On the Eve of All Saints Day in 1517, a German monk and Professor of Theology walked resolutely to the door of the Castle Church in Wittenberg and affixed his theological manifesto—95 Theses—condemning the Catholic Church’s practice of selling indulgences. As he hammered the nail into the ancient wood he was symbolically nailing the coffin shut on a moribund religion. Protestants celebrate October 31 in commemoration of this auspicious occasion. Only it likely never happened.
Martin Luther has been the object of much mythmaking since he inadvertently inaugurated the Reformation nearly five centuries ago. Even in his own lifetime he was alternately depicted in popular images as a saint, complete with nimbus, and the seven-headed monster of the Apocalypse (Rev. 12:3). At times Luther contributed to the myths about himself and five hundred years hasn’t diminished his followers’ desire to portray him as “Rebel. Genius. Liberator.” as a popular Hollywood movie title puts it.
But it’s not just Protestant followers of Luther lining up to sing his praise. Catholic theologians formerly lampooned Luther as the man who had his theological breakthrough on the john, making his so-called “tower experience” into a toilet experience. Although improbable, it’s fitting for a man who often used scatological language (he had a potty mouth). Ecumenism has softened Catholic opinions of Luther. The current pope can’t (or won’t) condemn the Wittenberg reformer as his predecessor Leo X did. The former head of the Congregation for the Doctrine of the Faith (aka the Roman Inquisition), Pope Benedict XVI, in his new book, finds Luther’s sola fide doctrine of justification commendable (at least with the right caveat): “Being just simply means being with Christ and in Christ. And this suffices. Further observances are no longer necessary. For this reason Luther’s phrase: ‘faith alone’ is true, if it is not opposed to faith in charity, in love” (Saint Paul, 82).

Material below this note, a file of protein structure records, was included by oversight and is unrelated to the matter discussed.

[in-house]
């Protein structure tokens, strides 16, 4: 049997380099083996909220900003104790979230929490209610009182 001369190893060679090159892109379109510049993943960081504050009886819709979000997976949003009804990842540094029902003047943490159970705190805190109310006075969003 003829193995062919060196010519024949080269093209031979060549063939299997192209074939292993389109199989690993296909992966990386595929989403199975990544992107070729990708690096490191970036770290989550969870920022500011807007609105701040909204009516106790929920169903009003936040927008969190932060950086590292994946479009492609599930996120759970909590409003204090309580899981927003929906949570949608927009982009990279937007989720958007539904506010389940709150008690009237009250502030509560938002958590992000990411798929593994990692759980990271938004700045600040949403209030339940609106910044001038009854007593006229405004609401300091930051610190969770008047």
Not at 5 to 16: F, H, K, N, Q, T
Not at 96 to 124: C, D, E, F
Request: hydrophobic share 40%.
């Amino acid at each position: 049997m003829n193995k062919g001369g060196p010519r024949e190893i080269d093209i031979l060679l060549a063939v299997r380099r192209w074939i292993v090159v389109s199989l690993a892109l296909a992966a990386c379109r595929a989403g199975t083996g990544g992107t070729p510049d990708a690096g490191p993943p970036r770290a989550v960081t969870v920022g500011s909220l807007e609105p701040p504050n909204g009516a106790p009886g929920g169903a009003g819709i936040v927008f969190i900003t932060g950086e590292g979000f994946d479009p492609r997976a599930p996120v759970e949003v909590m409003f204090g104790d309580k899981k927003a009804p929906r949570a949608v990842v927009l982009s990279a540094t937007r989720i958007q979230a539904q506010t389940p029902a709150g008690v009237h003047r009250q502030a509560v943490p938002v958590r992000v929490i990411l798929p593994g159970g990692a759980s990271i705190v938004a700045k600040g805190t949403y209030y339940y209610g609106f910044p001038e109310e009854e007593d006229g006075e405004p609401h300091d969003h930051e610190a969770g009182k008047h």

Once praised as the first modern man, standing on principle guided by conscience alone, Luther is now understood as a medieval man who believed he lived in a “world with devils filled,” caught between God and Satan on the eve of Armageddon. He was a rabid anti-Semite who believed synagogues should be burned down and that any Jew who mentions the name of God in the presence of a Christian should be pelted with pig poop (On the Jews and Their Lies). Luther’s credibility suffered when his private advice to Landgrave Philipp of Hesse that he should commit bigamy to ease his guilty conscience over his adultery became public. (Then as now bigamy was illegal.) By the end of his life, Luther was largely marginalized and overshadowed by other reformers, not the least of which was Geneva reformer John Calvin, who has had a greater influence on subsequent Protestantism, especially in North America.
Despite the iconography of his day, Luther had no halo. He didn’t have a pitchfork either. There’s hardly a Halloween costume that fits him, whether angel or demon, hero or villain. Luther was Luther. On Reformation Day we should celebrate not the man but the message of radical grace he preached.